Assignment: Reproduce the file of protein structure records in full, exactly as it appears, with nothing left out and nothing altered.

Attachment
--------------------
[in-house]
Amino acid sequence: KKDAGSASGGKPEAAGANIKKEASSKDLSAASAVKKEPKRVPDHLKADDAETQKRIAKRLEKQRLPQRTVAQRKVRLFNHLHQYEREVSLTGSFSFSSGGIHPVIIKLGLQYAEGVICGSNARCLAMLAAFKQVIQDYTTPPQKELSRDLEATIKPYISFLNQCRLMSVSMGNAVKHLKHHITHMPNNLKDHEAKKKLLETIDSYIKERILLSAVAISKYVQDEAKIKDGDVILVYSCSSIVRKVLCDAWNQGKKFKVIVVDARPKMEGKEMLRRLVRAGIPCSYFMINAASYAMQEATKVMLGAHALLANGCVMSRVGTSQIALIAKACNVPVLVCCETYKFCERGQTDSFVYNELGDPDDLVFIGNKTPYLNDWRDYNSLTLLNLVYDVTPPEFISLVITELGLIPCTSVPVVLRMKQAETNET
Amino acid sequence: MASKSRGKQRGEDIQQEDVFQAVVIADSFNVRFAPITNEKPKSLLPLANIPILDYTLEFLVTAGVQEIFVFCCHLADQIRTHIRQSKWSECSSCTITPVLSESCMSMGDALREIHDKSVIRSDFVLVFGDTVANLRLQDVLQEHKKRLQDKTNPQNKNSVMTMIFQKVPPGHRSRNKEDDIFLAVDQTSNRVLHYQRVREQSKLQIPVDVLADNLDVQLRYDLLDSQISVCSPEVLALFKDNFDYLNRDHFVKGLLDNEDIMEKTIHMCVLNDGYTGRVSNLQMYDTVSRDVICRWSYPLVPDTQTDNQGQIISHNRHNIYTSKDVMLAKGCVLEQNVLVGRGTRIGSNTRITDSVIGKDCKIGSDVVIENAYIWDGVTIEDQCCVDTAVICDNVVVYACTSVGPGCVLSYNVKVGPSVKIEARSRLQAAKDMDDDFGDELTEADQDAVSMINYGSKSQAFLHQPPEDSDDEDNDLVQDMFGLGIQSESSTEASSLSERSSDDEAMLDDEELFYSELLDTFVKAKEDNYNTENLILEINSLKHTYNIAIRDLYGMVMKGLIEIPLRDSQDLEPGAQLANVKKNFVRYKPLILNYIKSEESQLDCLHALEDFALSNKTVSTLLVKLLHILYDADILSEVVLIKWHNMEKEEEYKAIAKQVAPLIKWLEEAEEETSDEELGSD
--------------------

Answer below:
[in-house]
Amino acid sequence: KKDAGSASGGKPEAAGANIKKEASSKDLSAASAVKKEPKRVPDHLKADDAETQKRIAKRLEKQRLPQRTVAQRKVRLFNHLHQYEREVSLTGSFSFSSGGIHPVIIKLGLQYAEGVICGSNARCLAMLAAFKQVIQDYTTPPQKELSRDLEATIKPYISFLNQCRLMSVSMGNAVKHLKHHITHMPNNLKDHEAKKKLLETIDSYIKERILLSAVAISKYVQDEAKIKDGDVILVYSCSSIVRKVLCDAWNQGKKFKVIVVDARPKMEGKEMLRRLVRAGIPCSYFMINAASYAMQEATKVMLGAHALLANGCVMSRVGTSQIALIAKACNVPVLVCCETYKFCERGQTDSFVYNELGDPDDLVFIGNKTPYLNDWRDYNSLTLLNLVYDVTPPEFISLVITELGLIPCTSVPVVLRMKQAETNET
Amino acid sequence: MASKSRGKQRGEDIQQEDVFQAVVIADSFNVRFAPITNEKPKSLLPLANIPILDYTLEFLVTAGVQEIFVFCCHLADQIRTHIRQSKWSECSSCTITPVLSESCMSMGDALREIHDKSVIRSDFVLVFGDTVANLRLQDVLQEHKKRLQDKTNPQNKNSVMTMIFQKVPPGHRSRNKEDDIFLAVDQTSNRVLHYQRVREQSKLQIPVDVLADNLDVQLRYDLLDSQISVCSPEVLALFKDNFDYLNRDHFVKGLLDNEDIMEKTIHMCVLNDGYTGRVSNLQMYDTVSRDVICRWSYPLVPDTQTDNQGQIISHNRHNIYTSKDVMLAKGCVLEQNVLVGRGTRIGSNTRITDSVIGKDCKIGSDVVIENAYIWDGVTIEDQCCVDTAVICDNVVVYACTSVGPGCVLSYNVKVGPSVKIEARSRLQAAKDMDDDFGDELTEADQDAVSMINYGSKSQAFLHQPPEDSDDEDNDLVQDMFGLGIQSESSTEASSLSERSSDDEAMLDDEELFYSELLDTFVKAKEDNYNTENLILEINSLKHTYNIAIRDLYGMVMKGLIEIPLRDSQDLEPGAQLANVKKNFVRYKPLILNYIKSEESQLDCLHALEDFALSNKTVSTLLVKLLHILYDADILSEVVLIKWHNMEKEEEYKAIAKQVAPLIKWLEEAEEETSDEELGSD